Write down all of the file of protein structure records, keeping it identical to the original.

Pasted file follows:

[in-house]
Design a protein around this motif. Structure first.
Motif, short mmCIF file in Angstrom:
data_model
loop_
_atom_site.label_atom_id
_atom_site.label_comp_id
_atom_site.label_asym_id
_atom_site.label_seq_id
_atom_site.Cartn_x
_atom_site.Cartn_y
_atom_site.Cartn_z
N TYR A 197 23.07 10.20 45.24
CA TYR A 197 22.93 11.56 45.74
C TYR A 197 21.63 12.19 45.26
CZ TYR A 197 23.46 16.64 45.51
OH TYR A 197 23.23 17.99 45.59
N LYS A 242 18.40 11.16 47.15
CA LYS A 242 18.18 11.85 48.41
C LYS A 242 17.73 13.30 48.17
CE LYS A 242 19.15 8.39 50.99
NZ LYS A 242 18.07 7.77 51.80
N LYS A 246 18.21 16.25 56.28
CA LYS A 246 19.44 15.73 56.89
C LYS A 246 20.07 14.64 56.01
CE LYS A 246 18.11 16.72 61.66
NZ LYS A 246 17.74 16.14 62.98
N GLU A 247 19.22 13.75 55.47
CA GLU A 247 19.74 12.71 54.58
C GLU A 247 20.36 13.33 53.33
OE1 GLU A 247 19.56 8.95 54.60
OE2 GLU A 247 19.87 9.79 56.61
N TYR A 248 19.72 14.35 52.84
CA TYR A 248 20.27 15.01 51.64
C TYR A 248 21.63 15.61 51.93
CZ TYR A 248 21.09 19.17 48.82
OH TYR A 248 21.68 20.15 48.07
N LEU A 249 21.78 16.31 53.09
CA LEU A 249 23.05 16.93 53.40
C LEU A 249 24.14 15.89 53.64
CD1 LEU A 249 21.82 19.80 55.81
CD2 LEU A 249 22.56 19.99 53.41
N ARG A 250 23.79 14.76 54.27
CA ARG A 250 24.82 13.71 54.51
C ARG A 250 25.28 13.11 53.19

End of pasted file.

[in-house]
Design a protein around this motif. Structure first.
Motif, short mmCIF file in Angstrom:
data_model
loop_
_atom_site.label_atom_id
_atom_site.label_comp_id
_atom_site.label_asym_id
_atom_site.label_seq_id
_atom_site.Cartn_x
_atom_site.Cartn_y
_atom_site.Cartn_z
N TYR A 197 23.07 10.20 45.24
CA TYR A 197 22.93 11.56 45.74
C TYR A 197 21.63 12.19 45.26
CZ TYR A 197 23.46 16.64 45.51
OH TYR A 197 23.23 17.99 45.59
N LYS A 242 18.40 11.16 47.15
CA LYS A 242 18.18 11.85 48.41
C LYS A 242 17.73 13.30 48.17
CE LYS A 242 19.15 8.39 50.99
NZ LYS A 242 18.07 7.77 51.80
N LYS A 246 18.21 16.25 56.28
CA LYS A 246 19.44 15.73 56.89
C LYS A 246 20.07 14.64 56.01
CE LYS A 246 18.11 16.72 61.66
NZ LYS A 246 17.74 16.14 62.98
N GLU A 247 19.22 13.75 55.47
CA GLU A 247 19.74 12.71 54.58
C GLU A 247 20.36 13.33 53.33
OE1 GLU A 247 19.56 8.95 54.60
OE2 GLU A 247 19.87 9.79 56.61
N TYR A 248 19.72 14.35 52.84
CA TYR A 248 20.27 15.01 51.64
C TYR A 248 21.63 15.61 51.93
CZ TYR A 248 21.09 19.17 48.82
OH TYR A 248 21.68 20.15 48.07
N LEU A 249 21.78 16.31 53.09
CA LEU A 249 23.05 16.93 53.40
C LEU A 249 24.14 15.89 53.64
CD1 LEU A 249 21.82 19.80 55.81
CD2 LEU A 249 22.56 19.99 53.41
N ARG A 250 23.79 14.76 54.27
CA ARG A 250 24.82 13.71 54.51
C ARG A 250 25.28 13.11 53.19